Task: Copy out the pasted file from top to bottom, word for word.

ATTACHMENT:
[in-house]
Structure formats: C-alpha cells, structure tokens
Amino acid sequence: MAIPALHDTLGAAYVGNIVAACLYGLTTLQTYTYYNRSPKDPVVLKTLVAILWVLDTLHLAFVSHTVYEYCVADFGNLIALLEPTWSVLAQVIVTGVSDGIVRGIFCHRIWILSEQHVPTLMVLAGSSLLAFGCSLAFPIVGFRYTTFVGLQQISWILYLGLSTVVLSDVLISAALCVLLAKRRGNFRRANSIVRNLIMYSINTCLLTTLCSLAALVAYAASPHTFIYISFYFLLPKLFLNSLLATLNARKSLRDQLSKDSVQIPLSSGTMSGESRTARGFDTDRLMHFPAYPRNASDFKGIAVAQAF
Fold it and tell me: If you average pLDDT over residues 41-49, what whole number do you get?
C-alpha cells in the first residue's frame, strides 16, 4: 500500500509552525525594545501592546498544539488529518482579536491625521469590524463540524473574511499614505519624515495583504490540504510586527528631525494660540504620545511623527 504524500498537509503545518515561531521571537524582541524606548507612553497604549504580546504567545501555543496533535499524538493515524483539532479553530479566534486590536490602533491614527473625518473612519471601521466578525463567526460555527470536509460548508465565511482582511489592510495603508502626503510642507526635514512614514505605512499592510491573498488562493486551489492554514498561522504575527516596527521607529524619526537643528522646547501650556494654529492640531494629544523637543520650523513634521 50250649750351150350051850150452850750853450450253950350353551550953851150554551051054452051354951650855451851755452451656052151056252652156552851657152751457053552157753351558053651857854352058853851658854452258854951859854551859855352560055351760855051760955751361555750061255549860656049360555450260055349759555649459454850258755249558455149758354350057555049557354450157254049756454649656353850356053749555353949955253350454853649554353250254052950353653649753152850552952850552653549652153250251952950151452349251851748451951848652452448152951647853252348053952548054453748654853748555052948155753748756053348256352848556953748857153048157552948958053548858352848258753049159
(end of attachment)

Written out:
[in-house]
Structure formats: C-alpha cells, structure tokens
Amino acid sequence: MAIPALHDTLGAAYVGNIVAACLYGLTTLQTYTYYNRSPKDPVVLKTLVAILWVLDTLHLAFVSHTVYEYCVADFGNLIALLEPTWSVLAQVIVTGVSDGIVRGIFCHRIWILSEQHVPTLMVLAGSSLLAFGCSLAFPIVGFRYTTFVGLQQISWILYLGLSTVVLSDVLISAALCVLLAKRRGNFRRANSIVRNLIMYSINTCLLTTLCSLAALVAYAASPHTFIYISFYFLLPKLFLNSLLATLNARKSLRDQLSKDSVQIPLSSGTMSGESRTARGFDTDRLMHFPAYPRNASDFKGIAVAQAF
Fold it and tell me: If you average pLDDT over residues 41-49, what whole number do you get?
C-alpha cells in the first residue's frame, strides 16, 4: 500500500509552525525594545501592546498544539488529518482579536491625521469590524463540524473574511499614505519624515495583504490540504510586527528631525494660540504620545511623527 504524500498537509503545518515561531521571537524582541524606548507612553497604549504580546504567545501555543496533535499524538493515524483539532479553530479566534486590536490602533491614527473625518473612519471601521466578525463567526460555527470536509460548508465565511482582511489592510495603508502626503510642507526635514512614514505605512499592510491573498488562493486551489492554514498561522504575527516596527521607529524619526537643528522646547501650556494654529492640531494629544523637543520650523513634521 50250649750351150350051850150452850750853450450253950350353551550953851150554551051054452051354951650855451851755452451656052151056252652156552851657152751457053552157753351558053651857854352058853851658854452258854951859854551859855352560055351760855051760955751361555750061255549860656049360555450260055349759555649459454850258755249558455149758354350057555049557354450157254049756454649656353850356053749555353949955253350454853649554353250254052950353653649753152850552952850552653549652153250251952950151452349251851748451951848652452448152951647853252348053952548054453748654853748555052948155753748756053348256352848556953748857153048157552948958053548858352848258753049159